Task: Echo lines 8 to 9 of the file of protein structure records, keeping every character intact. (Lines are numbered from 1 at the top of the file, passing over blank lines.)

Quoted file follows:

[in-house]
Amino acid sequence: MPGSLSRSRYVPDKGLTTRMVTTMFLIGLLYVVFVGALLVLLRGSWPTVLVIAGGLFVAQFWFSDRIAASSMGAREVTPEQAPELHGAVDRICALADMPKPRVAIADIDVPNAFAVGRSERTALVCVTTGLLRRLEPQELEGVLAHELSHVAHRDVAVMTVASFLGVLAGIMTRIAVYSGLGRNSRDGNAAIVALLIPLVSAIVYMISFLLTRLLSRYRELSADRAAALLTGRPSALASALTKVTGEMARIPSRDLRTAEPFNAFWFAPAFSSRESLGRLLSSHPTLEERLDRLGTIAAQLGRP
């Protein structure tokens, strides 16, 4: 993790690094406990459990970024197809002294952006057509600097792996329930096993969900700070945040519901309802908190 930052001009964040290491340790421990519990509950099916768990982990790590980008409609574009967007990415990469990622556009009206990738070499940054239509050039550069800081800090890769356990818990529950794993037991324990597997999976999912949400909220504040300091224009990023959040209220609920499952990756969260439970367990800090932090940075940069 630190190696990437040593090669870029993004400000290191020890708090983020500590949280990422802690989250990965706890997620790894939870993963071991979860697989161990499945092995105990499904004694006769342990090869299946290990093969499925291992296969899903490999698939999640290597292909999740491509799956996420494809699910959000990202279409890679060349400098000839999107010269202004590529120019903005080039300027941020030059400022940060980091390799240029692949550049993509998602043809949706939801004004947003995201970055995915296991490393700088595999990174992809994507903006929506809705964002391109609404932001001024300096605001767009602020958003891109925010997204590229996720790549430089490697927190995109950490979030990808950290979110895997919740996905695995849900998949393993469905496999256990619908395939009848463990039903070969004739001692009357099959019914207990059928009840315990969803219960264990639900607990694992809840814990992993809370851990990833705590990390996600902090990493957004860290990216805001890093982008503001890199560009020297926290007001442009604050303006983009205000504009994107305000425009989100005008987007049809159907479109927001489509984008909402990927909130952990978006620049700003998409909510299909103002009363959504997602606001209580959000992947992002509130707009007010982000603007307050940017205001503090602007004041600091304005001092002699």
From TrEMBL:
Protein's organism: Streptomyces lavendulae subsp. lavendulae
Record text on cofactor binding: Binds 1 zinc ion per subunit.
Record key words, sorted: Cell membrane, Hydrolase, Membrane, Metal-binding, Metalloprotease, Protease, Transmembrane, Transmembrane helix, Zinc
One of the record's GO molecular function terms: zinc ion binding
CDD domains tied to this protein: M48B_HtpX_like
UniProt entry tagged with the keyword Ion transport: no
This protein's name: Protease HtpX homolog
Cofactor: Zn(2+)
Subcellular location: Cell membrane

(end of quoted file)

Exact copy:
One of the record's GO molecular function terms: zinc ion binding
CDD domains tied to this protein: M48B_HtpX_like